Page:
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Old 23 March 2018, 08:35   #6
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So I think the general view is that flushing the engine is a good thing and its a good question to ask. So following on from this, my question is how much difference does it make if you can only connect to the engine's hose adapter to flush with the leg out of the water (when on a marina berth for example) compared to taking the boat out and putting on the muffs and flushing through when the engine is running? Obviously the latter should be better as the freshwater is being flushed through the entire system - but I'm just unsure how much of a difference it can make. Any ideas?
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Old 23 March 2018, 09:07   #7
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Had outboards I didn't flush from one season to the next as they were on a moorings, very little problems.

Ironically the worst engine I've had for cooling blockage is my current df200 that is flushed after every use. I've just ordered new cooling hoses as the block is clean internally as I'm sick of having to stick wire into the tell tale. I think I maybe ingested a jelly fish 2 years ago while on a trip is my best guess so perhaps not salt related but the point is it is always flushed.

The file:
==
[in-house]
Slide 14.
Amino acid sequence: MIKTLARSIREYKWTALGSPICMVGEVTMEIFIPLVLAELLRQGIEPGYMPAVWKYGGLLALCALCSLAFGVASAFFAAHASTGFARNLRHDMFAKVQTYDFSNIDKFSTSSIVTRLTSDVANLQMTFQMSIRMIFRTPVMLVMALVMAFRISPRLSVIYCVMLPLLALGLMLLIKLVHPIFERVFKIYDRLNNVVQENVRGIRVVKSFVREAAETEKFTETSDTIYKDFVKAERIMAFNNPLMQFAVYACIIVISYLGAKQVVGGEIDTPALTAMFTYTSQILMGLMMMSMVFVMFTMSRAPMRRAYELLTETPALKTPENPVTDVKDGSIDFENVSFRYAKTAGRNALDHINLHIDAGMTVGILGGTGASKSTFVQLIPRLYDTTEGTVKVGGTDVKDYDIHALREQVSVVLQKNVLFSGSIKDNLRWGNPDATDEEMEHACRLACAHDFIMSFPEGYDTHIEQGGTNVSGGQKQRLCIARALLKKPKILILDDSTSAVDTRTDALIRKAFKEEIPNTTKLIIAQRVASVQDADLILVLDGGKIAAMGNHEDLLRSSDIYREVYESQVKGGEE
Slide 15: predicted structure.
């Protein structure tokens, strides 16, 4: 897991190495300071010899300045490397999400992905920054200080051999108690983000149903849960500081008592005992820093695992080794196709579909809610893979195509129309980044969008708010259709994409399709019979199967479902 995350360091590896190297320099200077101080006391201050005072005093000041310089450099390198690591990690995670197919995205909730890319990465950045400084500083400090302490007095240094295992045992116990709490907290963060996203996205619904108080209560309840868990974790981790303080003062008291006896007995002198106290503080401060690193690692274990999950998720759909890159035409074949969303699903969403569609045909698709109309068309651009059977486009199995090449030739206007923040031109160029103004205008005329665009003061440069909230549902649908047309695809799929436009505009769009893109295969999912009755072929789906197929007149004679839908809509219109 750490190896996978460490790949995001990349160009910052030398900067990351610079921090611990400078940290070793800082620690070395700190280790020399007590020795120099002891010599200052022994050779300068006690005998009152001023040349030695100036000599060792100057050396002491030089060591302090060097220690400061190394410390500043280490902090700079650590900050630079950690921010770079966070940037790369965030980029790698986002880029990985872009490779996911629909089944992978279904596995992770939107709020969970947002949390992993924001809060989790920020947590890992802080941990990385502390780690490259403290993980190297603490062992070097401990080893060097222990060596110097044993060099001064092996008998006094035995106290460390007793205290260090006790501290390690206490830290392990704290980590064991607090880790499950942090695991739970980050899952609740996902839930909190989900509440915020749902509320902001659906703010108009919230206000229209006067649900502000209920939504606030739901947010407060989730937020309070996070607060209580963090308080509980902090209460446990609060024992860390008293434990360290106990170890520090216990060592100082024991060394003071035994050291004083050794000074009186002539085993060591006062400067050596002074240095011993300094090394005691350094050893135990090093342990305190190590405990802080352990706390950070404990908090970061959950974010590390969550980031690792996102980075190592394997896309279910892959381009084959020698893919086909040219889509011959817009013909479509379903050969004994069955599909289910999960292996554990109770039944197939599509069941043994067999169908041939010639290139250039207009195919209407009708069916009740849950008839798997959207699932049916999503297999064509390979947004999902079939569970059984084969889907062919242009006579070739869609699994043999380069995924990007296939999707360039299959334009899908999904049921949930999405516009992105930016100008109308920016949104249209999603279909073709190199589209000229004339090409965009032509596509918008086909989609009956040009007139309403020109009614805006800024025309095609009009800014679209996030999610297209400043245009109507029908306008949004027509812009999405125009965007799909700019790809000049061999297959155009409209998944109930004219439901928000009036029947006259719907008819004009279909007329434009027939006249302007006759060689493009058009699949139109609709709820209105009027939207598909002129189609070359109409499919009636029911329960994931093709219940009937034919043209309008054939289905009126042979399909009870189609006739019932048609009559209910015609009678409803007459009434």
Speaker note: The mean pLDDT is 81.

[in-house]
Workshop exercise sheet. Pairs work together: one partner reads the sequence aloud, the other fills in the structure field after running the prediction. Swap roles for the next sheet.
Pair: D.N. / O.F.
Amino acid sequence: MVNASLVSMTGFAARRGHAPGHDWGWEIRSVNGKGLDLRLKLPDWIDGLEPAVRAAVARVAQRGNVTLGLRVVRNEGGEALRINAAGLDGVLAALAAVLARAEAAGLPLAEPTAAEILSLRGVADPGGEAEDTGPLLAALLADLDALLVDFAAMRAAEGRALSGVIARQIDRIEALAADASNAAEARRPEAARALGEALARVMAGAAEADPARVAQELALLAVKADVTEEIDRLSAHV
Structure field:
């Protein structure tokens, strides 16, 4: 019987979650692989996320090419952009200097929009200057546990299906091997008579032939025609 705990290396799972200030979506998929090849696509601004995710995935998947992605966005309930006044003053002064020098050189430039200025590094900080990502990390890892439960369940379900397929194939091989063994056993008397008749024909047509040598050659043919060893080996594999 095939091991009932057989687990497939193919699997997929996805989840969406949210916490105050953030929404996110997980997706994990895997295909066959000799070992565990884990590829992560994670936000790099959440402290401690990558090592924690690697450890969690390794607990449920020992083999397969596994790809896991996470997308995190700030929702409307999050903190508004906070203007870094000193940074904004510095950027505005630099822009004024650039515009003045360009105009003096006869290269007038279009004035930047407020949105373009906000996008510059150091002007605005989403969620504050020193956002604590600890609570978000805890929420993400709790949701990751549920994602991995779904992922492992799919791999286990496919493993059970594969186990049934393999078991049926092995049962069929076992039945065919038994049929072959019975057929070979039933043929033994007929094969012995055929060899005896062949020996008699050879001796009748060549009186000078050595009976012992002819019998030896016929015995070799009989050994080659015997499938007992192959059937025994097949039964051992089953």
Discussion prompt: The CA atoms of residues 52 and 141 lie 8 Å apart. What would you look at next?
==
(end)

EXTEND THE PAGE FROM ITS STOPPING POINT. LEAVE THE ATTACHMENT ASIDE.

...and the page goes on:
Will an engine last longer that is flushed AND washed all the time....in theory you give it a better chance but I wouldn't lose sleep over it of you need to keep it on a mooring.

Some engines are worse than others for corrosion problems but salt will take its toll on them all eventually.

Luckily today we have pretty good oils etc and my outboard gets a liberal spray of corrosion guard HD on the saddle and normal wipe over with normal corrosion guard internally, it literally looks brand new after 5 years.

The worst thing you can do is not use an outboard so get boating more often
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Old 23 March 2018, 09:44   #8
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you can buy flush bags if on a mooring,
i flush with water every trip and been doing saltaway once a year. but been using citric acid on some other stuff so changing to that. way cheaper than salt away which saltaway is anyway. citric acid is a bout £5/kg plenty to put in a tub and run the engine for a while.